Amy Sullivan’s article on Time.com on Thursday, “The Catholic Crusade Against a Mythical Abortion Bill,” tried to downplay President Obama’s past and current support for abortion, and tried to use a technicality to “prove” that there is no chance of passage for the staunchly pro-abortion Freedom of Choice Act (FOCA): “...FOCA has also provided ammunition for those on the right who want to paint Obama as ‘the most pro-abortion president ever.’ It’s been less than a month since he took office, but so far the President has given social conservatives little evidence to back up that charge. He did repeal the Mexico City policy banning federal funds to foreign family planning organizations that provide abortion referrals or services — but so did Bill Clinton.” In reality, the Obama adminstration’s record on the issue consists of much more than merely support for legislative proposals and signing executive orders.
New York Times metro-beat reporter Fernanda Santos seems to truly believe that the left-wing housing activist group ACORN is some bottom-up citizens organization conducting a new civil rights "resistance movement" against unfair foreclosures. That's judging by her credulous story, "A Bid to Link Arms Against Eviction -- Grass-Roots Effort Takes Shape To Support Families Facing Foreclosure."
There's nothing in Santos's story Wednesday about the fact that the leader of this alleged "grass-roots effort," ACORN, receives funding from the federal government through various federal programs and third-party groups, or that it registered thousands and thousands of ineligible voters during the last presidential campaign. Instead, readers were treated to 1,260 words of "power to the people" sloganeering straight from ACORN without a single dissenting voice.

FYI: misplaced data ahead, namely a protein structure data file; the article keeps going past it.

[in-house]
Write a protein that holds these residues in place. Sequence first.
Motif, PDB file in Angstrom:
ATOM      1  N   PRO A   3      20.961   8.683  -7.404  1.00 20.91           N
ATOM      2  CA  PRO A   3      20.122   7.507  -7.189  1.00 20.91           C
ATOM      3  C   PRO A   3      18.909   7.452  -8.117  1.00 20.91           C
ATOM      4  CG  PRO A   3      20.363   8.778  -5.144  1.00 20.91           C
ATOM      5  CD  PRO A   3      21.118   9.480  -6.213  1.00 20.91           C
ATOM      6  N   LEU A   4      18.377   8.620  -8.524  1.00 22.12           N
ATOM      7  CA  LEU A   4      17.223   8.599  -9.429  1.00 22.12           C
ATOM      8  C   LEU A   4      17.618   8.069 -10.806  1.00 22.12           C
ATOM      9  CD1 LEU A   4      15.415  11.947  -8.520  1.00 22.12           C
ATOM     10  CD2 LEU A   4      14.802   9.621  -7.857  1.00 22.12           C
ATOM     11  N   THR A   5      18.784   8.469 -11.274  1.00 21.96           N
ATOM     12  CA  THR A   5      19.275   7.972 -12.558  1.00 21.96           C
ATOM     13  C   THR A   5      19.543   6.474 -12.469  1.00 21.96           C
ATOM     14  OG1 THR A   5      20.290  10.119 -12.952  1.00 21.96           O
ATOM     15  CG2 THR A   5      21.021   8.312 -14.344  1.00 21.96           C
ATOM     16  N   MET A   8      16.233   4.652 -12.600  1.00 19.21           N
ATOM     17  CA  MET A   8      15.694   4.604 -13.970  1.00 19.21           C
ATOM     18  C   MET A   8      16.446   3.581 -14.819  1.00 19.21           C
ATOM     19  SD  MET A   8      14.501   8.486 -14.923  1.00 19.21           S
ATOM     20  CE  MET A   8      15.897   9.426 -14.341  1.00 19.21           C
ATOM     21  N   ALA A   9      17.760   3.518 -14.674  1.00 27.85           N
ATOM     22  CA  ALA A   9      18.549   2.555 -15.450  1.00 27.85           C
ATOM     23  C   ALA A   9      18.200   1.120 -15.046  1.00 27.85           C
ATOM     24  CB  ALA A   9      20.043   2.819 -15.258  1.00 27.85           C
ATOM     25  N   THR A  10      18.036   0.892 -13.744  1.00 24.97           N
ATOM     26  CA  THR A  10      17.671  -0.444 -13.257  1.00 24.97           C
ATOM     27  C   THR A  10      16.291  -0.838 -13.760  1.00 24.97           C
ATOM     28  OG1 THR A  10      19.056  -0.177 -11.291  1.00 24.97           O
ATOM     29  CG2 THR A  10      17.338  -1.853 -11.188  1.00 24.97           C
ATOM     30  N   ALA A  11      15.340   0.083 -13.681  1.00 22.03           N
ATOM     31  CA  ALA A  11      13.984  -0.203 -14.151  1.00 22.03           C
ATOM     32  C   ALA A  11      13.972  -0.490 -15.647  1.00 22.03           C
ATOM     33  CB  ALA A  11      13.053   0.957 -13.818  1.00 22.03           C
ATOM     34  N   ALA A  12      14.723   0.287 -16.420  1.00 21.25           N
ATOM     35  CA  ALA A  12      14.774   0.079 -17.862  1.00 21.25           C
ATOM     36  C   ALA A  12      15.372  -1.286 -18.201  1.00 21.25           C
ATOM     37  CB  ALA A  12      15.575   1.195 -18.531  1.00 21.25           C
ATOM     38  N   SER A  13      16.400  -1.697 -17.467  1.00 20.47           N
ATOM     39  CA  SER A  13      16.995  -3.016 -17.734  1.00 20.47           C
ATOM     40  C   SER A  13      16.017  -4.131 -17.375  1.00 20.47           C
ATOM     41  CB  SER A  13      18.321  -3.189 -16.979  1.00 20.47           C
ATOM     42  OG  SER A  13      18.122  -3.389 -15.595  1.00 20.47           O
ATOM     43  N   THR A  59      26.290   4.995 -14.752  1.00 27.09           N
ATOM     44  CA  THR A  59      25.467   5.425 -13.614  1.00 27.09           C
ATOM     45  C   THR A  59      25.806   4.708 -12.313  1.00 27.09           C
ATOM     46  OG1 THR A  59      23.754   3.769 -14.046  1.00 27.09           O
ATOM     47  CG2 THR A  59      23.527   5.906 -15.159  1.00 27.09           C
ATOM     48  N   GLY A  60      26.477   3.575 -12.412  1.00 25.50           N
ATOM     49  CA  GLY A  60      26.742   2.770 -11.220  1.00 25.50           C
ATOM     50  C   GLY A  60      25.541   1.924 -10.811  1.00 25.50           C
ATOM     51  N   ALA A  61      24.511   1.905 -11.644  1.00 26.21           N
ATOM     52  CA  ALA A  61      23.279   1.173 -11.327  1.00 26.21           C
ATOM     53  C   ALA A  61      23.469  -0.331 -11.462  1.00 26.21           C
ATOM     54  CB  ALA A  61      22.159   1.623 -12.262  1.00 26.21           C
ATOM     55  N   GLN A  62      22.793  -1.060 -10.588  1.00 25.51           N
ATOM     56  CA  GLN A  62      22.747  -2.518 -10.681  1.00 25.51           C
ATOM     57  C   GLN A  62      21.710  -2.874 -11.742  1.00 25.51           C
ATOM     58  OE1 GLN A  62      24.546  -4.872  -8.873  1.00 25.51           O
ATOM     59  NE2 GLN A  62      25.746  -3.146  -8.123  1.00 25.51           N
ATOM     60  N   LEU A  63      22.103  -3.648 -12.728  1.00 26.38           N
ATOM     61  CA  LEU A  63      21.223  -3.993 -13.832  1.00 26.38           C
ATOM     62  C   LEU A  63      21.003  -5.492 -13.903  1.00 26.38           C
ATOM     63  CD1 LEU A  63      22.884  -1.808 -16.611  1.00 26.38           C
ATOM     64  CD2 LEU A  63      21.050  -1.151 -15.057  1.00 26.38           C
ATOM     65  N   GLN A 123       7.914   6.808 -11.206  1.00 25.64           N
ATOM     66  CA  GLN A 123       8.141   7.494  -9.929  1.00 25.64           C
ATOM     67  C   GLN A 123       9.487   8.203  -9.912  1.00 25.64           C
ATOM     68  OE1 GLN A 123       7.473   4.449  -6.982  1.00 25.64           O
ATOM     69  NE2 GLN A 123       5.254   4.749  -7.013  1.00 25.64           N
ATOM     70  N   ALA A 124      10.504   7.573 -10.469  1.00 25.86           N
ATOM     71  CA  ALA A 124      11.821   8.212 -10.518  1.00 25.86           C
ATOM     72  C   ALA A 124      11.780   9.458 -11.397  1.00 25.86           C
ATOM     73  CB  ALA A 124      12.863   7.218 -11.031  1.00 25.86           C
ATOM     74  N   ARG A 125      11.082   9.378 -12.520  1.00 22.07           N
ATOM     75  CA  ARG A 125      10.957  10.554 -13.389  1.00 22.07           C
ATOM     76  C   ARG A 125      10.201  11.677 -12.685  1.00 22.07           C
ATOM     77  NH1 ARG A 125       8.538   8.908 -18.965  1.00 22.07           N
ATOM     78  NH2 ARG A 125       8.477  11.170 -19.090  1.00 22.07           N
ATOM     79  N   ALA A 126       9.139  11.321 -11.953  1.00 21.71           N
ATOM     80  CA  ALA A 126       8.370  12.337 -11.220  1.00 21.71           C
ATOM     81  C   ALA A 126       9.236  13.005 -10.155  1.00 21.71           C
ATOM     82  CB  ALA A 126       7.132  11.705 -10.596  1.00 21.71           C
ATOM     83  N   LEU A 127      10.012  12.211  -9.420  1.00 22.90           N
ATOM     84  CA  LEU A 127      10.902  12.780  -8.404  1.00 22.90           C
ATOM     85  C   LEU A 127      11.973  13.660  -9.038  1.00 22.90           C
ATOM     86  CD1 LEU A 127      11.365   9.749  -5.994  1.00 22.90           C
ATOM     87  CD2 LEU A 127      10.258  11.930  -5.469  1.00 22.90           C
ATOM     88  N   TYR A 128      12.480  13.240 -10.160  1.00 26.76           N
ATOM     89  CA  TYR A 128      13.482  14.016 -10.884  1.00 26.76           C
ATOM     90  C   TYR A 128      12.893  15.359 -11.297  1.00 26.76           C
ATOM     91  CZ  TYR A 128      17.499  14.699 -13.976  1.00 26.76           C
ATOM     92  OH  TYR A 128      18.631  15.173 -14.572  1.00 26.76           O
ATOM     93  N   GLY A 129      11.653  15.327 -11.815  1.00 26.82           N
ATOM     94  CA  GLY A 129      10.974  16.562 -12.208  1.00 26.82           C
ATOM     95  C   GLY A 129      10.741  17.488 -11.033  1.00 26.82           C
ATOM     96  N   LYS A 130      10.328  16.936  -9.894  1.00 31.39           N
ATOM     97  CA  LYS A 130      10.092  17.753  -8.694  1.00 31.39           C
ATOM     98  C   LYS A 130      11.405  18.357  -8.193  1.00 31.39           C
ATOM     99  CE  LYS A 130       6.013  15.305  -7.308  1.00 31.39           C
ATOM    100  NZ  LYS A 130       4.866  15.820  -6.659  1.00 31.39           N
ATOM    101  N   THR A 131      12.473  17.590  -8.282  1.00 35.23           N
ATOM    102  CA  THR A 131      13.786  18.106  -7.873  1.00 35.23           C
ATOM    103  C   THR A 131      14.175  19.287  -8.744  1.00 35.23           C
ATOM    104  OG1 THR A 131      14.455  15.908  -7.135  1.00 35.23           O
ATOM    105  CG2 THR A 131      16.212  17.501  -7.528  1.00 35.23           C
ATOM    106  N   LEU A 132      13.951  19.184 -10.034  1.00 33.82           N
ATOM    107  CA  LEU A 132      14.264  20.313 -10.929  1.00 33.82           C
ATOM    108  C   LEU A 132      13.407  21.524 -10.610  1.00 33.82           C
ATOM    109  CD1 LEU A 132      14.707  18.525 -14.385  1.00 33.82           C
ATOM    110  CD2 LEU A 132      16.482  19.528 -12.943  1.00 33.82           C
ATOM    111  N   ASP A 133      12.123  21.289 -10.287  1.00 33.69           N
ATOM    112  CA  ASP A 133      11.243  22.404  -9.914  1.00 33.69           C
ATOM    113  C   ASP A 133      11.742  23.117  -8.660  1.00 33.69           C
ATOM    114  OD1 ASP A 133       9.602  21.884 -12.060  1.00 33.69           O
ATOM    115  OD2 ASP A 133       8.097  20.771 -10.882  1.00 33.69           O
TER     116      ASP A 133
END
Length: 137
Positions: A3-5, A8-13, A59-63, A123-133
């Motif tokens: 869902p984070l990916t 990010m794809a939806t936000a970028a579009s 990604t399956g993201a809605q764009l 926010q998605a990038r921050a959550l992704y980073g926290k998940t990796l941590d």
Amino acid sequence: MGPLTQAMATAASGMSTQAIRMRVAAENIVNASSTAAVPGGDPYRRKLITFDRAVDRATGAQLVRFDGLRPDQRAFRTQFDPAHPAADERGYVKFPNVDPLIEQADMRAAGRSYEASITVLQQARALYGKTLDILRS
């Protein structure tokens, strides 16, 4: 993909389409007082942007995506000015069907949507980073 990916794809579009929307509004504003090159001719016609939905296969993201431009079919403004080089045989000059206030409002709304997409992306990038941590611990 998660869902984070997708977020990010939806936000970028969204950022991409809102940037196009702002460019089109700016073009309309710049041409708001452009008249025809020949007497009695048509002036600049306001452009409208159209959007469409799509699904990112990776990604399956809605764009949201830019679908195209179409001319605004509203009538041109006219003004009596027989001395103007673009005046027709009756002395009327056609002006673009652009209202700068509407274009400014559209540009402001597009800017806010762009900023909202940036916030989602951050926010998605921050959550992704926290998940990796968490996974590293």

As resistance to foreclosure evictions grows among homeowners, community leaders and some law enforcement officials, a broad civil disobedience campaign is starting in New York and other cities to support families who refuse orders to vacate their homes.
Former Chicago Democratic Alderman Arenda Troutman was sentenced today to four years in prison for mail and tax fraud. In covering her sentencing, both the Chicago Sun-Times article (picture at right is cropped from that article) and Jeff Coen's Breaking News piece at the Chicago Tribune failed to mention that Troutman is a Democrat.
Now it would be easy to say, "But of course she's a Democrat; she's from Chicago." Okay, but the Sun-Times, in five other reports spread over almost two years, mentioned her party only once. What's more, the Tribune's coverage quoted Assistant U.S. Atty. Joseph Alesia saying that Troutman had been on "a five-year crime spree. .... Even by Chicago standards, it's (what she did is) no small crime." Logically, this would mean that even by Chicago Democratic Party standards, what Troutman did stood out.
Troutman's "obvious" Democratic Party affiliation also doesn't exonerate the Associated Press, whose stories go national and worldwide, And yes, there are plenty of people around the country and in the rest of the world who do not know that Democrats own Windy City politics (a little reminder every once in a while to those who do know wouldn't hurt either).
Here's most of the short unbylined AP item:
On Tuesday’s American Morning, anchor Kiran Chertry and correspondent Jason Carroll failed to mention the left-wing politics of filmmaker Michael Moore during a report about his latest project, which targets the financial industry, and included a sound bite from People Magazine’s Leah Rozen, who expressed a desire to “see Michael Moore spank Wall Street.” Carroll emphasized Moore’s credentials, and agreed with Chetry that many would rush to assist him: “They loved that ‘gotcha’ kind of filmmaking, and Michael Moore does it better than no one else and he’s about to do it again.”
The segment on Moore’s new production began with a clip from “Sicko,” his last movie, as Chetry announced that “the controversial filmmaker is setting his sights on Wall Street. He’s actively recruiting people who’ve worked in the financial sector to expose what he calls the biggest swindle in U.S. history.” As she introduced Carroll, the anchor continued that Moore “probably has a rapt audience at this point, because everything that’s happened with this financial crisis and a lot of people are blaming Wall Street.”